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Londoners: The Days and Nights of London Now—As Told by Those Who Love It, Hate It, Live It, Left It, and Long for It
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Londoners: The Days and Nights of London Now—As Told by Those Who Love It, Hate It, Live It, Left It, and Long for It

3.86  ·  Rating details ·  3,837 ratings  ·  451 reviews
Here are the voices of London - rich and poor, native and immigrant, women and men - witnessed by Craig Taylor, an acclaimed journalist, playwright and writer, who spent five years exploring the city and listening to its residents. From the woman whose voice announces the stations on the London Underground to the man who plants the trees along Oxford Street; from a ...more
Paperback, 422 pages
Published July 5th 2012 by Granta Publications (first published November 15th 2011)
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Average rating 3.86  · 
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 ·  3,837 ratings  ·  451 reviews

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Start your review of Londoners: The Days and Nights of London Now—As Told by Those Who Love It, Hate It, Live It, Left It, and Long for It
Feb 09, 2013 rated it it was amazing  ·  review of another edition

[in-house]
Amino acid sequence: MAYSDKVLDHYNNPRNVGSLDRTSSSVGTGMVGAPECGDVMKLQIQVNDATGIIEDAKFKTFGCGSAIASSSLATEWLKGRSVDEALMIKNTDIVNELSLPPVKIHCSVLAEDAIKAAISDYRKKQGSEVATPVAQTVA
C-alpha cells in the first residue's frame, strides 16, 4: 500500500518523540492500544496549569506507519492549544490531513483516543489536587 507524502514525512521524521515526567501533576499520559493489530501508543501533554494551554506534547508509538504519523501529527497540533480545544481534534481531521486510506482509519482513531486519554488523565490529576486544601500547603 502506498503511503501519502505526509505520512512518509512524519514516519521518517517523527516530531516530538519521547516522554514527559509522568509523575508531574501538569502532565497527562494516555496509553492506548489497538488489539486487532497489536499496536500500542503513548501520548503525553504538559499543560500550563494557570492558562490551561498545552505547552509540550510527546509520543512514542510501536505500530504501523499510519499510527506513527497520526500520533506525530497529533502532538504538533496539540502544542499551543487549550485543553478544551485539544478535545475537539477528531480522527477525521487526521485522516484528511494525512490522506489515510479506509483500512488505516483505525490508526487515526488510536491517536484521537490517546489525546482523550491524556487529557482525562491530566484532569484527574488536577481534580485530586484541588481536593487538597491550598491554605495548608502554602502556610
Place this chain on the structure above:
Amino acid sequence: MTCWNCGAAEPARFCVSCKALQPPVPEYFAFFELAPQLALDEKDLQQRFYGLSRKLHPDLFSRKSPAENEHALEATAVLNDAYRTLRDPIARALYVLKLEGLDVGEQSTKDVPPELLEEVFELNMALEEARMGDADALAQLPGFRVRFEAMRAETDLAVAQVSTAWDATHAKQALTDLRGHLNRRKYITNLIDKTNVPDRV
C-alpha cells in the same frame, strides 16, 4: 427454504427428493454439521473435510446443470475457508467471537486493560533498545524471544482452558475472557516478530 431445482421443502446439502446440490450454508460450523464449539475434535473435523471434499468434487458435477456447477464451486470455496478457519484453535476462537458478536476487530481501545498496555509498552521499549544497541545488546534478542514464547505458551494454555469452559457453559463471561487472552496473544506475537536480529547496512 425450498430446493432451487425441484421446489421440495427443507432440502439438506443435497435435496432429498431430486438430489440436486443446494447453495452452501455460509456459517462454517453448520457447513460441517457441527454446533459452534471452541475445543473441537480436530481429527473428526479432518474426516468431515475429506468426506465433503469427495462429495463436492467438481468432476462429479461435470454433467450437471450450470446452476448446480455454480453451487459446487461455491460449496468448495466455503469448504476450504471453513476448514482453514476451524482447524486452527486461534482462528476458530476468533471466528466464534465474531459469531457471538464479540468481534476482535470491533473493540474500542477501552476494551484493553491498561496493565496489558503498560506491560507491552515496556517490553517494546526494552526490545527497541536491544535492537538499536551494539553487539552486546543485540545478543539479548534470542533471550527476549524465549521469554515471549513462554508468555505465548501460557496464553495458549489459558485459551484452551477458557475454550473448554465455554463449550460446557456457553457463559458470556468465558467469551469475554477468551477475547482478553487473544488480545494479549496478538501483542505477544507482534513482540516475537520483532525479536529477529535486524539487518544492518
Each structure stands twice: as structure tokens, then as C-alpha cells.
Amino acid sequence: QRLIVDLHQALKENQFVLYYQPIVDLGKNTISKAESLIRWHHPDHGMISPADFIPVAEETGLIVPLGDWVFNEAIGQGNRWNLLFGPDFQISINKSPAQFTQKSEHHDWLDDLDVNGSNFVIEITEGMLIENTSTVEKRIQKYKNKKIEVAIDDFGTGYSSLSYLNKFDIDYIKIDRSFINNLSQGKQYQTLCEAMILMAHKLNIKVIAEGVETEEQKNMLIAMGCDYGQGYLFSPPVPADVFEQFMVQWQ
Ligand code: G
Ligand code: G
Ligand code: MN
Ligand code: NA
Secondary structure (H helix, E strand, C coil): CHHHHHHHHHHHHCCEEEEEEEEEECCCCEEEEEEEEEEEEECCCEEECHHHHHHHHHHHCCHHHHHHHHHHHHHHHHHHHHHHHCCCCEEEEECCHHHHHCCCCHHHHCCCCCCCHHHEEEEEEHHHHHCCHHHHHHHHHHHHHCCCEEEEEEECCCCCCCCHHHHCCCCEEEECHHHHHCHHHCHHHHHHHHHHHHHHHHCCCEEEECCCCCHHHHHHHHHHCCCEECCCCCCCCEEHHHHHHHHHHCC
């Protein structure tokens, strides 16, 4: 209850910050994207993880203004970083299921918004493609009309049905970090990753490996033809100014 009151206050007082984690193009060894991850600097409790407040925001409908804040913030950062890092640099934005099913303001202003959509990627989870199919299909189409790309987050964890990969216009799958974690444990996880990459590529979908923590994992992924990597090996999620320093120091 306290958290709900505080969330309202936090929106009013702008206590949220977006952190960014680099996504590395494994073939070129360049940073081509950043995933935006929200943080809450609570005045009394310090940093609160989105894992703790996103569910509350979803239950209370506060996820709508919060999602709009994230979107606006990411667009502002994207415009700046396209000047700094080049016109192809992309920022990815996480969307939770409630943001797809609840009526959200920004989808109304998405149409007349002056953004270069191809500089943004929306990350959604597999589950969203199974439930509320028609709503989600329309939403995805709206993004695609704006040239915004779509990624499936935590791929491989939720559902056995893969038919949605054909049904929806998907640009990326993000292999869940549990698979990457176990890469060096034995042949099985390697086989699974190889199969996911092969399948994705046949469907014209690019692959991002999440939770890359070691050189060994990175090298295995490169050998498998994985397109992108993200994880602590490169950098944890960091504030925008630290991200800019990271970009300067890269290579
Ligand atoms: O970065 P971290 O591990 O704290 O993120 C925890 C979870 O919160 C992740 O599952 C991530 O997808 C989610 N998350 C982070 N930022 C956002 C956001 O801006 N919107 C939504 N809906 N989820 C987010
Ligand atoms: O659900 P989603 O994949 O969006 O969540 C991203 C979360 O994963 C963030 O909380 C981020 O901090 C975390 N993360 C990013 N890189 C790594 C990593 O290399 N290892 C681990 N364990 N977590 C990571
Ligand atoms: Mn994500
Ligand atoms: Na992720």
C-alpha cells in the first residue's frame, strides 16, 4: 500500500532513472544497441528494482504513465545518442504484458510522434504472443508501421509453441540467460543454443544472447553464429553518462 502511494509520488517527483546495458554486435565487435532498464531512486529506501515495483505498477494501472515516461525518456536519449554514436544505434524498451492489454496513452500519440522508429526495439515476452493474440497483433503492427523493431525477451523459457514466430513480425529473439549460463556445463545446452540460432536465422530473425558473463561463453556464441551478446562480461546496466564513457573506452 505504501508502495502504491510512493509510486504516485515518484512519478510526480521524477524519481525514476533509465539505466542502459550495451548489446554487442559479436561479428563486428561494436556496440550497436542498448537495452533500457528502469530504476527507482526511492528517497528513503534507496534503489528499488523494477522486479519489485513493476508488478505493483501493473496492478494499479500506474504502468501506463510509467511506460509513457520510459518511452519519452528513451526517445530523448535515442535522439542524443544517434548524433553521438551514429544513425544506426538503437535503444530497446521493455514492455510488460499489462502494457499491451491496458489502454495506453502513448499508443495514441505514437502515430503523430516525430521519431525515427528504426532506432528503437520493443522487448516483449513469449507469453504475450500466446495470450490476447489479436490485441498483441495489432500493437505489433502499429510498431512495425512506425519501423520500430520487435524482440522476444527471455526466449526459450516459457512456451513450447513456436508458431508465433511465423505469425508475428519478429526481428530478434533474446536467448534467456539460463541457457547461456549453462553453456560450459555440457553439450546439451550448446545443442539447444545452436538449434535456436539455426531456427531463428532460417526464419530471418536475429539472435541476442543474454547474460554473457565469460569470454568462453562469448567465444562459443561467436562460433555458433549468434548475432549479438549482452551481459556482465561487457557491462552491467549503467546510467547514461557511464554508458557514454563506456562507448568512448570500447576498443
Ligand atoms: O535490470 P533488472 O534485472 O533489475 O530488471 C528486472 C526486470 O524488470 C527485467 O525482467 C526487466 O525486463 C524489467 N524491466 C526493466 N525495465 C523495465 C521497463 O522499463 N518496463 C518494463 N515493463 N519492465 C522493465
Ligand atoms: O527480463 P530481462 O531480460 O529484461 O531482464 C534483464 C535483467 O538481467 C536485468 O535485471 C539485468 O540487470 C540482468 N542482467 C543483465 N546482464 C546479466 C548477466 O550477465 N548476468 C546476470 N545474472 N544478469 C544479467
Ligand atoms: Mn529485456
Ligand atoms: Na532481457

I was discussing with a friend recently what qualified as a Londoner.

We both grew up in Zone 6 within the M25, and although he's lived since in Zone 2 and currently Zone 3, I've stayed in the same outer London borough (although I've upgraded to Zone 5). We both feel like Londoners. He felt more 'part' of London when he lived in Holland Park, compared to Greenwich. I feel more 'part' of London now that I live right next to the Central line, with access to the centre of town within half an hour.
Jun 01, 2012 rated it it was amazing  ·  review of another edition
Shelves: twenty12
Of course I loved it. Instead of telling you why, here are things I liked in it:

"There's only one London. That's it. We are what we are."

"I mean, if you're always striving for success, you end up with something like America, and nobody wants to be like America, really."

"I left a slice of gateau on the Tube today, I was wondering what are the chances of it coming in?"

"She thought it was part of driving in London, someone comes out and, no big deal, threatens to kill you."

"Maybe we need to design
Frank Callaghan
I am about half way through this book. I admit to hearing it first on Radoi 4 where it was 'Book of the week'. I enjoyed listening to it before dropping off to sleep. Now that I am reading it I am less interested. It started off well. I enjoyed the short clips and the variety it offered, but as I progress through it, the style is unvaried in how each story is presented. It becomes a bit stale and the tales tend to merge and lack any real bite. I will of course persevere, but although it's an ...more